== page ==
2. Whole Grain Cereals
Whole grain cereals are another good snack option. They’re high in fiber and complex carbohydrates that fill you up without adding extra calories.
Look for ones that are fortified with omega-3 fatty acids, such as flaxseed, chia seed, hemp seed, and sesame seed, and walnut oil.
Yogurt is a delicious way to get probiotics into your diet. Probiotics are live bacteria that help maintain digestive health.
In addition, yogurt provides protein, calcium, phosphorus, and other nutrients. If you prefer plain yogurt, make sure it’s nonfat.
Hummus is made from chickpeas (also known as garbanzo beans). Chickpeas are a good source of folate, which supports energy production and cell growth. Hummus is also a great source of fiber, protein, and iron.
Chocolate is another treat that’s perfect for a snack. Chocolate bars come in different varieties, including milk, white, dark, and bittersweet.
If you want to eat something sweet, choose dark chocolate. Dark chocolate contains flavonoids that boost brain function and protect against heart disease.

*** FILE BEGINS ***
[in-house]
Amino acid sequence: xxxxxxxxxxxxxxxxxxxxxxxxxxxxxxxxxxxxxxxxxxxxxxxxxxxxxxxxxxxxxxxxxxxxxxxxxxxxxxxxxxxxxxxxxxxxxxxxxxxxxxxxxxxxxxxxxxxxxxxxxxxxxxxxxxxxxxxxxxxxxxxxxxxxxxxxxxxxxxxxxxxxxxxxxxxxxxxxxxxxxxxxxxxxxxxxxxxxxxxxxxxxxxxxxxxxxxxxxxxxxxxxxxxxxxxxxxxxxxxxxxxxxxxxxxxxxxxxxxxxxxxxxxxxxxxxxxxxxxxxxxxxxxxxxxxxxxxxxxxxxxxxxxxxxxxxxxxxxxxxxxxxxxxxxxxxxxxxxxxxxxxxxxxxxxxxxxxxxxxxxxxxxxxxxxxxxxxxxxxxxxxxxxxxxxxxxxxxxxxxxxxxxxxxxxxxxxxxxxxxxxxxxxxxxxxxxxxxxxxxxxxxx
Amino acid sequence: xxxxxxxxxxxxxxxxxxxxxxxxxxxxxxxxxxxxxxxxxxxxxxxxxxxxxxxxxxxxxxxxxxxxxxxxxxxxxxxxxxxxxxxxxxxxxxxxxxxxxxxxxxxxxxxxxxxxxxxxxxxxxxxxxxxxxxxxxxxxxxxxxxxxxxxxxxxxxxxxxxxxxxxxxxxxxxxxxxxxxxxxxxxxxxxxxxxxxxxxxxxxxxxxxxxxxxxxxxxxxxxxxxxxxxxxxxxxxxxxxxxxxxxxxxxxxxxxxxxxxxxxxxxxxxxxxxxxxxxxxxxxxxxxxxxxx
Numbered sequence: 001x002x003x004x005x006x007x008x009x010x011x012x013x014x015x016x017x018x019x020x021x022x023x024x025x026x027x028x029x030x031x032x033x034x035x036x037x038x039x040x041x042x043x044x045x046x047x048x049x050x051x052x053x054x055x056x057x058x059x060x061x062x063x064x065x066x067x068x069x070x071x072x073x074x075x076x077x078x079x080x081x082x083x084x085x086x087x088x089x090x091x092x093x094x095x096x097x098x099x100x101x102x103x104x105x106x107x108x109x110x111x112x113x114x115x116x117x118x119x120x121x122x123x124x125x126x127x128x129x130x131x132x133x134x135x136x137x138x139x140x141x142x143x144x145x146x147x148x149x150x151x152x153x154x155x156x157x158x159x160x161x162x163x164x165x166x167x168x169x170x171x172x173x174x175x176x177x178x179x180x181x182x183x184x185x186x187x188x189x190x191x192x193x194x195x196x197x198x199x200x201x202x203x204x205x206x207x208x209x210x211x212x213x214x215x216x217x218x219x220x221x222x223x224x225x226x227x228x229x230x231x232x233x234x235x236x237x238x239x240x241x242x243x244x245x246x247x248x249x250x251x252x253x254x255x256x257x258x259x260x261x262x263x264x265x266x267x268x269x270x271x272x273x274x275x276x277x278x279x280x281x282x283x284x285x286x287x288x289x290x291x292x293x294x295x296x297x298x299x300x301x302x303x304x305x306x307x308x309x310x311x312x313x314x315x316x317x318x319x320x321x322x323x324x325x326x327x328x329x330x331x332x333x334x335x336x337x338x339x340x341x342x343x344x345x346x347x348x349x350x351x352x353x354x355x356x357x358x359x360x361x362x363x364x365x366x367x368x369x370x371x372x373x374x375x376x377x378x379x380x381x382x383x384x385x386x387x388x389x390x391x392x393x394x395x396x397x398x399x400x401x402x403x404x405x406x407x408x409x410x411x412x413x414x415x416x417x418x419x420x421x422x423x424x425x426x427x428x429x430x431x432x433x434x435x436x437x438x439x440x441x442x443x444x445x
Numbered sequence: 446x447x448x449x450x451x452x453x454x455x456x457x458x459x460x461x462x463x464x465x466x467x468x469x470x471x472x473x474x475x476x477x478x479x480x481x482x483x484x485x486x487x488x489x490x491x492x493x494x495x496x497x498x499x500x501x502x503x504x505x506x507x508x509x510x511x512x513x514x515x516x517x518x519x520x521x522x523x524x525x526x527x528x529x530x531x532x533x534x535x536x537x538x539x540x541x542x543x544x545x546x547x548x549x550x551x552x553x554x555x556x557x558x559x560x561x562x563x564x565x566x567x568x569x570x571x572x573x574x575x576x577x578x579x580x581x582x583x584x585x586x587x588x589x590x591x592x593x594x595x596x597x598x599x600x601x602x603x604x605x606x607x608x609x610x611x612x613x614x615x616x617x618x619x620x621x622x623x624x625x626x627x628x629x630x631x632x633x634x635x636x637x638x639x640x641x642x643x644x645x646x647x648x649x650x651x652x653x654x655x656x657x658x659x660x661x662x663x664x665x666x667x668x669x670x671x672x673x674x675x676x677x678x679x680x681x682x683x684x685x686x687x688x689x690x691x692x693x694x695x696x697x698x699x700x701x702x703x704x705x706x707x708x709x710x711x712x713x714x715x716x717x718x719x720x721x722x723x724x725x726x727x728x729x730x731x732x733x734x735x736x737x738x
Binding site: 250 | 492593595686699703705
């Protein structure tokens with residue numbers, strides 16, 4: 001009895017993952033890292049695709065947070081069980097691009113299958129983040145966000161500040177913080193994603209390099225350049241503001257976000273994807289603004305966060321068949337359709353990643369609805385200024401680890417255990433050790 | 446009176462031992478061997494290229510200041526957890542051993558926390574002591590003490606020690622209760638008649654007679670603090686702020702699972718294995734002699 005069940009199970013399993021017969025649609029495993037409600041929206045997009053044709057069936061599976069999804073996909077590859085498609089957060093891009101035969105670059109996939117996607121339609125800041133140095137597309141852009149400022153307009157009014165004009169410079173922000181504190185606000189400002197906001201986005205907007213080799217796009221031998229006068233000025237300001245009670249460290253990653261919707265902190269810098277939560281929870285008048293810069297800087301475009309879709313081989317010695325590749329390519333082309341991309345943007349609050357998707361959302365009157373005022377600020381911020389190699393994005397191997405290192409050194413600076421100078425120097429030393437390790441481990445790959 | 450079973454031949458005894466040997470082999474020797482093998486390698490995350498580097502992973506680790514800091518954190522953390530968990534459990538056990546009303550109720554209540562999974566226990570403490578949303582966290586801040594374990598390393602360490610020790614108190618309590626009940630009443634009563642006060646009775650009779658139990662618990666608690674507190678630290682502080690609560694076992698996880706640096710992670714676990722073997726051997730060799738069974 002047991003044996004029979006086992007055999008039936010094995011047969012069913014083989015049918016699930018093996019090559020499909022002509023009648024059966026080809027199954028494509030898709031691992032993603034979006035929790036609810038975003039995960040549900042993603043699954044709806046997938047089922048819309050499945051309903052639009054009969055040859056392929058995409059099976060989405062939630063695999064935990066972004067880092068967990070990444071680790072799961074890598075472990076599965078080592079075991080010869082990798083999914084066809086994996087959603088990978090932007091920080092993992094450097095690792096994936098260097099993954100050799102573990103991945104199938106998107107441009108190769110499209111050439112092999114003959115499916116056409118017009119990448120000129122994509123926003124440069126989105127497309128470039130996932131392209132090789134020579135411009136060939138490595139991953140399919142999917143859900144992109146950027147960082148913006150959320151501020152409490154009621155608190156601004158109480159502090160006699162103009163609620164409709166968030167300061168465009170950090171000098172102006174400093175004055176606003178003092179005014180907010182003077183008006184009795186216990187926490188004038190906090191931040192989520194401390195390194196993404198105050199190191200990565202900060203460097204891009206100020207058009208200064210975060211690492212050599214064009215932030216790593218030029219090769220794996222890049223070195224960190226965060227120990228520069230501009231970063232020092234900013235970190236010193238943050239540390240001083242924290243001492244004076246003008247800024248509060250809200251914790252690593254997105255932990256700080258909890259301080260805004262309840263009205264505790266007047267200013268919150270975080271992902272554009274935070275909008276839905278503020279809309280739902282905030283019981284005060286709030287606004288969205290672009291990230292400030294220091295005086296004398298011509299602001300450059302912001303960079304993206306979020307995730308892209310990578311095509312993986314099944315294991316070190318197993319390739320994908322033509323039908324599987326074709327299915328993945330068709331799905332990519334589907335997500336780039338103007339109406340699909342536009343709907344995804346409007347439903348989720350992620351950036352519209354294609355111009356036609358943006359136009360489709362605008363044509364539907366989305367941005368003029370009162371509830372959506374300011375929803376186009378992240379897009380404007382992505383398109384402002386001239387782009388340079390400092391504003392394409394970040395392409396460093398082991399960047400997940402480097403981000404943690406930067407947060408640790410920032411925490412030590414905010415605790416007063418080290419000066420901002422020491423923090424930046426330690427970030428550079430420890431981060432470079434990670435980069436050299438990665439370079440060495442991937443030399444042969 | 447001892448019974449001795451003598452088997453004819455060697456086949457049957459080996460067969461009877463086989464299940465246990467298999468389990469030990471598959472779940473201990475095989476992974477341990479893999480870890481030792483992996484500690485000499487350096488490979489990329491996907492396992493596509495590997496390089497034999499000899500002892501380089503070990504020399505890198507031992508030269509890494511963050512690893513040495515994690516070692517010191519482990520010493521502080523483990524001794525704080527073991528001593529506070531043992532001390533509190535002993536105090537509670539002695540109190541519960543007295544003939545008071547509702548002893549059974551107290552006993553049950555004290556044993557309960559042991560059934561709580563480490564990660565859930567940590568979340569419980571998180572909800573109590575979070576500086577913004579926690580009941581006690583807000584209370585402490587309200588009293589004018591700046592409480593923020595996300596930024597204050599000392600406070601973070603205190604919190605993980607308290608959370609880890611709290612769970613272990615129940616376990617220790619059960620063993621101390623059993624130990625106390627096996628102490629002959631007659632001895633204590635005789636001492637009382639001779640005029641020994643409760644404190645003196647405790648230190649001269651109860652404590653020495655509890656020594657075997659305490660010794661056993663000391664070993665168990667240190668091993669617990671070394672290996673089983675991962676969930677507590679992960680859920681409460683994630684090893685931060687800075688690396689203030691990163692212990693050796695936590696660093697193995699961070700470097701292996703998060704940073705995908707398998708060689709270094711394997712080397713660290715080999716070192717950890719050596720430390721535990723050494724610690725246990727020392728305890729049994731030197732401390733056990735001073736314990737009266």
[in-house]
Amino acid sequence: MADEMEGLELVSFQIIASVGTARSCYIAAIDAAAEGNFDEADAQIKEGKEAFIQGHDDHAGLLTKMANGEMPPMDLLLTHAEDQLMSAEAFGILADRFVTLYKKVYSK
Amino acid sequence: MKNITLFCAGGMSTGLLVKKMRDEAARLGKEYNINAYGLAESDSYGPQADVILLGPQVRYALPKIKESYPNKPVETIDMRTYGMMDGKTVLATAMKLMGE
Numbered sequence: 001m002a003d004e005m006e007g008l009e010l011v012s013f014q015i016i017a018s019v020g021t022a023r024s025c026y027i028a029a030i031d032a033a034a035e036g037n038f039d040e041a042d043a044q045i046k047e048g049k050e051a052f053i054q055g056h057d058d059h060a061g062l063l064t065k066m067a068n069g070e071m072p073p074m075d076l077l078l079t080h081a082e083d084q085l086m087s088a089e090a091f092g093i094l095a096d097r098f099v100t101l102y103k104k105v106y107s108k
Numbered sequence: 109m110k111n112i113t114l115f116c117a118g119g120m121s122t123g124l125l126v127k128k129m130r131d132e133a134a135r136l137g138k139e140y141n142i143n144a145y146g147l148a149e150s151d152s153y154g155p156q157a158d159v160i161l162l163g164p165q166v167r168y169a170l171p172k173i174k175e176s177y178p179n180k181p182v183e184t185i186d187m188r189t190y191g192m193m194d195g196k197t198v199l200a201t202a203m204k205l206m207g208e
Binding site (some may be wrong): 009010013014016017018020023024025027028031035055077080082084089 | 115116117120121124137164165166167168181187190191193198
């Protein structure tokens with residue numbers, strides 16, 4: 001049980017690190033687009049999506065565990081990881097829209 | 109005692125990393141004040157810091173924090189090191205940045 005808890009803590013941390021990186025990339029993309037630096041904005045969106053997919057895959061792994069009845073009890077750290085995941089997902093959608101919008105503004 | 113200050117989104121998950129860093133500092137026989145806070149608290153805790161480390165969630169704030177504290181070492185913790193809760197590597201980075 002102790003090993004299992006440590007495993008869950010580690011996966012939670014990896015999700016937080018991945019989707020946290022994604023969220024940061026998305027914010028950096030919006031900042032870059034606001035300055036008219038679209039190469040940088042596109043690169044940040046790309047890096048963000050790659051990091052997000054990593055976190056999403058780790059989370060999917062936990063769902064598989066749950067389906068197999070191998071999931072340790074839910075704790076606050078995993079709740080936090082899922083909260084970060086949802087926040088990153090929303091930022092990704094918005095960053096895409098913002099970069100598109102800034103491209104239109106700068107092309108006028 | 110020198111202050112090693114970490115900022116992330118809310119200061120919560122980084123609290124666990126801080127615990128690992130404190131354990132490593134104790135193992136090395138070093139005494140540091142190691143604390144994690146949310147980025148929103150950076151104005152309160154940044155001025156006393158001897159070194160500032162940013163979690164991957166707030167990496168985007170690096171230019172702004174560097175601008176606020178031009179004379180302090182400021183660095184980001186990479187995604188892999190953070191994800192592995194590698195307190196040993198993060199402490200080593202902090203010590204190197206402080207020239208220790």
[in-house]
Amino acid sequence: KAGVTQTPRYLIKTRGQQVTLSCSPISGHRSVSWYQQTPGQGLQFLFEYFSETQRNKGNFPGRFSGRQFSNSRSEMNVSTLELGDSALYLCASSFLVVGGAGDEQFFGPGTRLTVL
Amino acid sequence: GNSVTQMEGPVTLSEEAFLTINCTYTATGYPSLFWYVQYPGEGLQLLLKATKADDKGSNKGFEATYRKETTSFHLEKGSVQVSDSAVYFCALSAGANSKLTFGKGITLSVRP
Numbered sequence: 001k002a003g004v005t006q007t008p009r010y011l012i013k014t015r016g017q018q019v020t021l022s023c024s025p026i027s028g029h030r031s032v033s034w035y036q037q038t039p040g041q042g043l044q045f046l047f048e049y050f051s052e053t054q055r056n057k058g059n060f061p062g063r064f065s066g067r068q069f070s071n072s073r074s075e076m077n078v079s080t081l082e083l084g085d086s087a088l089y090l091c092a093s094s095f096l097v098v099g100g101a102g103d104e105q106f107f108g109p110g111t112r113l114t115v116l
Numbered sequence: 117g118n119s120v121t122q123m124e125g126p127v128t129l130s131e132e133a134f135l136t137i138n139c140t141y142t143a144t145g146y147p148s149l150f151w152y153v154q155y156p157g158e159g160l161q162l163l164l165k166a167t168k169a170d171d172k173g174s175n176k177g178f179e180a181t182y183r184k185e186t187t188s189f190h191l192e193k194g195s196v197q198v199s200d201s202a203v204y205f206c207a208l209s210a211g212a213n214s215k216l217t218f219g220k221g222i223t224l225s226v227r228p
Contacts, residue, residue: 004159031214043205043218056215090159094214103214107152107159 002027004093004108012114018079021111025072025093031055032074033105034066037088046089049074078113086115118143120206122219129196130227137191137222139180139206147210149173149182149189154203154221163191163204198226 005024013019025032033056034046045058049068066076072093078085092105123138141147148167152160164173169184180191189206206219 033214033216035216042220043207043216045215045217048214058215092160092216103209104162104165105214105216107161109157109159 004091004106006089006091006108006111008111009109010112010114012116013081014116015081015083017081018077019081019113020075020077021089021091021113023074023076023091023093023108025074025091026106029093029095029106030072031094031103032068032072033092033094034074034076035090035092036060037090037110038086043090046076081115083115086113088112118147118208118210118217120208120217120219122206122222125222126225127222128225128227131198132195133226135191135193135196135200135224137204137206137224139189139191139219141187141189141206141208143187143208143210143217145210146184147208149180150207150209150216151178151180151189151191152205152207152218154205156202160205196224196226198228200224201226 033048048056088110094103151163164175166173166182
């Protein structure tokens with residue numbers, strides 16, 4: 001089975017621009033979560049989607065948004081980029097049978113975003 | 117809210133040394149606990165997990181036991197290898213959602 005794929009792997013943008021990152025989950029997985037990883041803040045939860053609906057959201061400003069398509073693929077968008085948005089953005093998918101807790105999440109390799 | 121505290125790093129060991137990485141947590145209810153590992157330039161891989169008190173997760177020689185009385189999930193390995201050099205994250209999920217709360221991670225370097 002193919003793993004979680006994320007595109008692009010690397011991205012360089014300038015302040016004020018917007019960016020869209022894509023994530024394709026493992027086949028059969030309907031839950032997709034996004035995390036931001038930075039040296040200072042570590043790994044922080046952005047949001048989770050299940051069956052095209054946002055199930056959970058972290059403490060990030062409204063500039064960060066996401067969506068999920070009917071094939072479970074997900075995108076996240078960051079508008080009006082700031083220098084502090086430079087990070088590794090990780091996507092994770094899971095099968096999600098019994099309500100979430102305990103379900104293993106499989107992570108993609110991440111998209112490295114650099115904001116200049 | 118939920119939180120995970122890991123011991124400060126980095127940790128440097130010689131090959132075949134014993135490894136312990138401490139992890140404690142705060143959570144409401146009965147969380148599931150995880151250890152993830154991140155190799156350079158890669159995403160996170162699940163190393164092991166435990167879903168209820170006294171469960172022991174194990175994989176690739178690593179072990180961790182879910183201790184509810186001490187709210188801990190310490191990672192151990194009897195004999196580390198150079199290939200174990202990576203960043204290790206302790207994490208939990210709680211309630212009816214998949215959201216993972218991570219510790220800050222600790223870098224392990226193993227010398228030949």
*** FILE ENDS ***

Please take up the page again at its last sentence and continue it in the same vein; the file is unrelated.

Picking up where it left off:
Milk chocolate is higher in fat and calories than dark chocolate. However, both kinds contain antioxidants that may help prevent cancer and cardiovascular diseases.
Nuts are another great snack option. Choose nuts that are unsalted and raw. Salted nuts tend to be processed and packed with sodium.
Raw nuts are easier on your stomach and provide essential nutrients like vitamin E, magnesium, copper, manganese, selenium, and zinc.
Almonds, pistachios, pecans, cashews, macadamia nuts, hazelnuts, and Brazil nuts are just some examples of nutritious nuts.
Oatmeal is a great breakfast choice. Not only does oatmeal give you energy, but it helps lower cholesterol and reduces the risk of heart disease. Plus, it’s filling enough to satisfy hunger between meals.
Oatmeal is usually cooked in water, but you can also cook it in milk, soy milk, almond milk, or juice.
Snacking isn’t always bad. Sometimes, it’s necessary to fuel yourself during the day. But if you’re looking to lose weight and keep your body healthy, you need to avoid foods that aren’t part of your meal plan. Instead, focus on choosing healthier options that will leave you feeling fuller longer.